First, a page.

4.5. Square integrable martingales

$\newcommand{\argmin}{\mathop{\mathrm{argmin}}\limits}$ $\newcommand{\argmax}{\mathop{\mathrm{argmax}}\limits}$

In this section, we look into martingales with special property - square integrability. Square integrability gives martingale an upper bound for maximal expectation so that it can further be used to determine the convergence of the sequence.

Square integrable martingales

A martingale $X_n$ is square integrable if $EX_n^2 < \infty$ for all $n.$

In the following discussion, we assume $X_0 = 0.$ Notice that $X_n^2$ is a submartingale and if we let $A_n = A_{n-1} + E(X_n^2 | \mathcal{F}_{n-1}) - X_{n-1}^2,$ $A_0=0,$ which is from Doob’s decomposition, then $EX_n^2 = EA_n$ and

\[\begin{aligned} A_n &= \sum\limits_{m=1}^n \left( E(X_m^2|\mathcal{F}_{m-1}) - X_{m-1}^2 \right) \\ &= \sum\limits_{m-1}^n E\left( (X_m - X_{m-1})^2 | \mathcal{F}_{m-1} \right). \end{aligned}\]
For a square integrable martingale $X_n,$ let $A_\infty = \lim_n A_n.$ The followings hold.
(i) $E \sup_n X_n^2 \le 4 EA_\infty.$
(ii) $E \sup_n |X_n| \le 3 EA_\infty^\frac{1}{2}$
(iii) $\lim_n X_n$ exists and is almost surely finite on $\{A_\infty < \infty\}.$
(iv) If $f:\mathbb{R} \to \mathbb{R}$ is increasing and $\int_0^\infty f^{-2}(t)dt < \infty,$ $f(t) \ge 1,\forall t,$ then $\frac{X_n}{f(A_n)} \to 0$ a.s. on $\{A_\infty = \infty\}.$
expand proof

(i) is direct from $L^p$ maximal inequality.
(ii) Let $N_a = \inf\{n: A_{n+1} > a^2\},$ then it is a stopping time. $$\begin{aligned} P(\sup_n|X_n| > a) &= P(\sup_n |X_n| > a, N < \infty) + P(\sup_n |X_n| > a, N = \infty) \\ &\le P(N<\infty) + P(\sup_n |X_{n \wedge N} > a) \\ &= P(N<\infty) + \lim_n P(\sup_{m\le n} |X_{m \wedge N}| > a) \\ &\le P(N<\infty) + \frac{1}{a^2} \lim_n E|X_{n \wedge N}|^2 \\ &= P(N<\infty) + \frac{1}{a^2} \lim_n E A_{n\wedge N} \\ &\le P(N<\infty) + \frac{1}{a^2} E(A_\infty \wedge a^2) \\ &= P(A_\infty > a^2) + \frac{1}{a^2} E(A_\infty \wedge a^2). \end{aligned}$$ The last inequality is from the fact that $$EA_{n\wedge N} \le EA_N \le a^2 \text{ on } \{N<\infty\}, \\ EA_n \le EA_\infty \le a^2 \text{ on } \{N=\infty\}.$$ Using this, Fubini's theorem and integration by substitution, we get $$\begin{aligned} E \sup_n |X_n| &= \int P(\sup_n |X_n| \ge a) da \\ &\le \int_0^\infty P(A_\infty^{1/2} > a) da + \int_0^\infty \frac{1}{a^2} E(A_\infty \wedge a^2) da \\ &= EA_\infty^{1/2} + \int_0^\infty \frac{1}{a^2} \int_0^{a^2} P(A_\infty > b) db da \\ &= 3EA_\infty^{1/2}. \end{aligned}$$ (iii) Given $a>0,$ by (i), $E \sup_n X_{n \wedge N_a} \le 4a^2 < \infty.$ By submartingale convergence, $X_{n\wedge N_a}$ converges a.s. and in $L^2.$ Now let $C_k = \{X_{n\wedge N_k} \text{ converges}\},$ then $P(C_k) = 1$ and $P(\cap_k C_k) = 1$ as well. For an arbitrary $\omega \in (\cap_k C_k) \cap (A_\infty < \infty),$ $N_k(\omega) = \inf\{n: A_n(\omega)\ge k\} = \infty$ for large enough $k$ since $A_\infty(\omega) < \infty.$ Hence $X_{n\wedge N_k}(\omega) = X_n(\omega)$ converges.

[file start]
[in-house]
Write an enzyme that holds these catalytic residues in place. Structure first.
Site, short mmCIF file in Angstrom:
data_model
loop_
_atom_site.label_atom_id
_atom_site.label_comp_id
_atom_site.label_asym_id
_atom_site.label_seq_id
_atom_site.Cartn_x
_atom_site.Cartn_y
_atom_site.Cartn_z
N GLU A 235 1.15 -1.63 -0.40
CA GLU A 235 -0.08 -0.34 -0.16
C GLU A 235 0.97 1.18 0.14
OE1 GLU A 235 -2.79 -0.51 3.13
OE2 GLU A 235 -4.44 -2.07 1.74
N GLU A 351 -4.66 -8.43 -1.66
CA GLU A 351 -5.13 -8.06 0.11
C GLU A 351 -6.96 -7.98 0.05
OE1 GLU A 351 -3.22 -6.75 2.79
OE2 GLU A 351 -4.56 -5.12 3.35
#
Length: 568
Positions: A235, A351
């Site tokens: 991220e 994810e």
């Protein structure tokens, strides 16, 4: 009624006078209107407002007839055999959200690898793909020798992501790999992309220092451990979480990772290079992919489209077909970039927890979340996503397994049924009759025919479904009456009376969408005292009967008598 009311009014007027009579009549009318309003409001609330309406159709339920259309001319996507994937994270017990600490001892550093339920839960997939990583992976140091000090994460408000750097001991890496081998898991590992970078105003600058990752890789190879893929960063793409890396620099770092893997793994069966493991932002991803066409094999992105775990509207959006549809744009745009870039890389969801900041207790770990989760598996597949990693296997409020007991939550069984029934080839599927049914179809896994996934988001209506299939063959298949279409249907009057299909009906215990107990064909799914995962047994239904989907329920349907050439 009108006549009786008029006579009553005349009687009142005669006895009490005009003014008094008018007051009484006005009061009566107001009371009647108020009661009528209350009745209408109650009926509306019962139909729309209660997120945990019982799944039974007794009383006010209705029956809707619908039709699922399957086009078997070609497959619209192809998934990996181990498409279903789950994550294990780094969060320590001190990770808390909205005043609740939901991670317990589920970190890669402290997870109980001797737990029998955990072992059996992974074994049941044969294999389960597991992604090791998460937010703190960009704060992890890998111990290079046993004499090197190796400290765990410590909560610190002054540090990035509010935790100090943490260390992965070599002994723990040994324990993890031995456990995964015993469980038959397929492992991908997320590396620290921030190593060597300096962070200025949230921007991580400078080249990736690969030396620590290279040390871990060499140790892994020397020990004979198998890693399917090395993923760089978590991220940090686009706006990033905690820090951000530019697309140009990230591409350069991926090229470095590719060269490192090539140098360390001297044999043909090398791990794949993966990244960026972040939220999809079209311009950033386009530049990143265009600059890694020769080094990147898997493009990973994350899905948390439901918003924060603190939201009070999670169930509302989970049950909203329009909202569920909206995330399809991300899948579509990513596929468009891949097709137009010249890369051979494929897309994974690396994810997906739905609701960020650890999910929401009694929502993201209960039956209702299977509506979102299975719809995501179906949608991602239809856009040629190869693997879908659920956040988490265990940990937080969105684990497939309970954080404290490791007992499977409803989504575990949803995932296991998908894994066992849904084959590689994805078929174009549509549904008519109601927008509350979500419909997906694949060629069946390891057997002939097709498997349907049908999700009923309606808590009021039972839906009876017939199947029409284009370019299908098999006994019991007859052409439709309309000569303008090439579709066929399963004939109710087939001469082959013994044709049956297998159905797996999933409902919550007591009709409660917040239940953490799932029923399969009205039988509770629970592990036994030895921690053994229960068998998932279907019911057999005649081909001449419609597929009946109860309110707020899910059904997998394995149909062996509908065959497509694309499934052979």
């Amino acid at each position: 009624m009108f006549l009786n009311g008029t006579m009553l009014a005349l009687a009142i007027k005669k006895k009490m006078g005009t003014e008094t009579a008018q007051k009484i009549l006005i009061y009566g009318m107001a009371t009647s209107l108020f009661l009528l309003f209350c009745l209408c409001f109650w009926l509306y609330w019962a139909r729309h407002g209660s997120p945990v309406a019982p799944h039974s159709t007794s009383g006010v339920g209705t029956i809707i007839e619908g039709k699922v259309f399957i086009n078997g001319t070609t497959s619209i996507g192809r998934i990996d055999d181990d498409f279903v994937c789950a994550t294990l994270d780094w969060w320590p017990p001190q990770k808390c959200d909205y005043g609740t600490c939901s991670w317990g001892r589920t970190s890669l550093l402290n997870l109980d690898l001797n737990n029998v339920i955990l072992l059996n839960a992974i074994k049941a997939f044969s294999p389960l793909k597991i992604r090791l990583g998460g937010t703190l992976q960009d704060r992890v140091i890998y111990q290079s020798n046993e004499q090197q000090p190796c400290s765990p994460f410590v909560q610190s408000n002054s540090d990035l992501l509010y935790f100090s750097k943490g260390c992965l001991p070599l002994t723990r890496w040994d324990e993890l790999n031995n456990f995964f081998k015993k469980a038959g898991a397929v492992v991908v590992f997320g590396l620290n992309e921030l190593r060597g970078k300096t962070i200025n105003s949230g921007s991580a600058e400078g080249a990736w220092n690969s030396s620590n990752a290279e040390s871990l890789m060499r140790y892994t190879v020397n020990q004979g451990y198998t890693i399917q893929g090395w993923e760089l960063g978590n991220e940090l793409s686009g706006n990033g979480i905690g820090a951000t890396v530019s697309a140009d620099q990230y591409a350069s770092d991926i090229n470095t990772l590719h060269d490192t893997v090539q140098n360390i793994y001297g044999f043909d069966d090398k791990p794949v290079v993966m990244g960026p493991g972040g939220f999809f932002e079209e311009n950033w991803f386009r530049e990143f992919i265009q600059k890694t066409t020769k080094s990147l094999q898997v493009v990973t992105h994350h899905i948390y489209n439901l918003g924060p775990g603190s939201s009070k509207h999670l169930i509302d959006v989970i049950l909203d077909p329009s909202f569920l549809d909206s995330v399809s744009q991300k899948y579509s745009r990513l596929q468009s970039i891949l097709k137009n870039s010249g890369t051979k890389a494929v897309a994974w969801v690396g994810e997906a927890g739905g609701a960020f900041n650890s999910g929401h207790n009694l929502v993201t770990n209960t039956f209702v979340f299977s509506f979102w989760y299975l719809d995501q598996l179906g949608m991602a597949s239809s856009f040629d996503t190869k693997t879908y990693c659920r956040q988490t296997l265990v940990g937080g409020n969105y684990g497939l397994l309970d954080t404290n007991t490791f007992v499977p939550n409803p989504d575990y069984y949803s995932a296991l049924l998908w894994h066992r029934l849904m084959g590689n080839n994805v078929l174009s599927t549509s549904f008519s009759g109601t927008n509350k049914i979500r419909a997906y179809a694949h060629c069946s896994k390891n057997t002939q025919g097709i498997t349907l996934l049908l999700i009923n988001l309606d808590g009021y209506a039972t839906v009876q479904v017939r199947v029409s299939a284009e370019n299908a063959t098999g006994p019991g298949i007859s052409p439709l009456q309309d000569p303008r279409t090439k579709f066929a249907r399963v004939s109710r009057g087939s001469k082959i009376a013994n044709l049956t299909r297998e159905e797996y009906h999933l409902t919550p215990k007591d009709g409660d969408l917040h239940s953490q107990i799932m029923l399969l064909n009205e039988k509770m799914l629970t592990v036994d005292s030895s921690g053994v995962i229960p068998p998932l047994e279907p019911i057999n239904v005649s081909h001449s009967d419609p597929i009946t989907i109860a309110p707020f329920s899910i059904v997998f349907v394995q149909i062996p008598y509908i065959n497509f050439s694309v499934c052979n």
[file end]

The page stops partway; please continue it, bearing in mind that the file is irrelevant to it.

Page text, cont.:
(iv) Let $H_m = \frac{1}{f(A_m)}$ be a bounded predictable sequence. Then $Y_n := (H \cdot X)_n = \sum\limits_{m=1}^n \frac{X_m - X_{m-1}}{f(A_m)}$ is a square integrable martingale. Let $B_n = \sum\limits_{m=1}^n E\left( (Y_m - Y_{m-1})^2 | \mathcal{F}_{m-1} \right),$ then $$\begin{aligned} B_\infty &= \sum\limits_{m=0}^\infty \frac{A_{m+1} - A_m}{f(A_{m+1})^2} \\ &\le \sum\limits_{m=0}^\infty \int_{A_m}^{A_{m+1}} f^{-2}(t) dt \\ &\le \int_0^\infty f^{-2}(t) dt < \infty \text{ a.s.} \end{aligned}$$ By (iii), $\lim_n Y_n$ exists and is finite almost surely. By Kronecker's lemma, it suffices to show that $f(A_n) \uparrow \infty.$ Since $\int_0^\infty f^{-2}(t) dt < \infty,$ $\lim_t f(t)$ should be $\infty$ otherwise it gives contradiction. Since $A_n, f$ is increasing and $f(A_\infty) = \infty$ on $(A_\infty = \infty),$ this is true.

From the facts, we get another form of conditional Borel-Cantelli lemma.

Let $B_n \in \mathcal{F}_n$ for all $n \ge 0$ and $p_n = P(B_n | \mathcal{F}_{n-1}), n\ge 1.$ Then $$\frac{\sum_{n=1}^\infty\mathbf{1}{B_n}}{\sum_{n=1}^\infty p_n} \to 1 \text{ a.s. on } \left\{\sum\limits_{n=1}^\infty p_n = \infty \right\}.$$

Let $X_n = X_{n-1} + \mathbb{1}_{B_n} - P(B_n | \mathcal{F}_{n-1}),$ $X_0=0$ be a square integrable martingale. Then $A_n$ from Doob's decomposition yields $A_m - A_{m-1} = p_m - p_m^2$ and $A_n = \sum\limits_{m=1}^n p_m - p_m^2 \le \sum\limits_{m=1}^n p_n.$
On $(A_\infty < \infty),$ $X_n$ converges a.s. $$\frac{X_n}{\sum_{m=1}^n p_m} = \frac{\sum_{m=1}^n \mathbf{1}_{B_m}}{\sum_{m=1}^n p_m} - 1 \to 0 \text{ a.s. on } (\sum_{n=1}^\infty p_n = \infty).$$ On $(A_\infty = \infty),$ let $f(t) = 1 \vee t$ so that such $f$ satisfies conditions in (iv) of the previous theorem. Then $\frac{X_n}{f(A_n)} = \frac{X_n}{A_n \vee 1} \to 0$ a.s. on $(A_\infty = \infty).$ Since $A_n \le \sum_{m=1}^n p_m,$ we get $\frac{X_n}{\sum_{m=1}^n p_m} \to 0$ a.s. on $(A_\infty = \infty).$


This post series is based on the textbook Probability: Theory and Examples, 5th edition (Durrett, 2019) and the lecture at Seoul National University, Republic of Korea (instructor: Prof. Sangyeol Lee).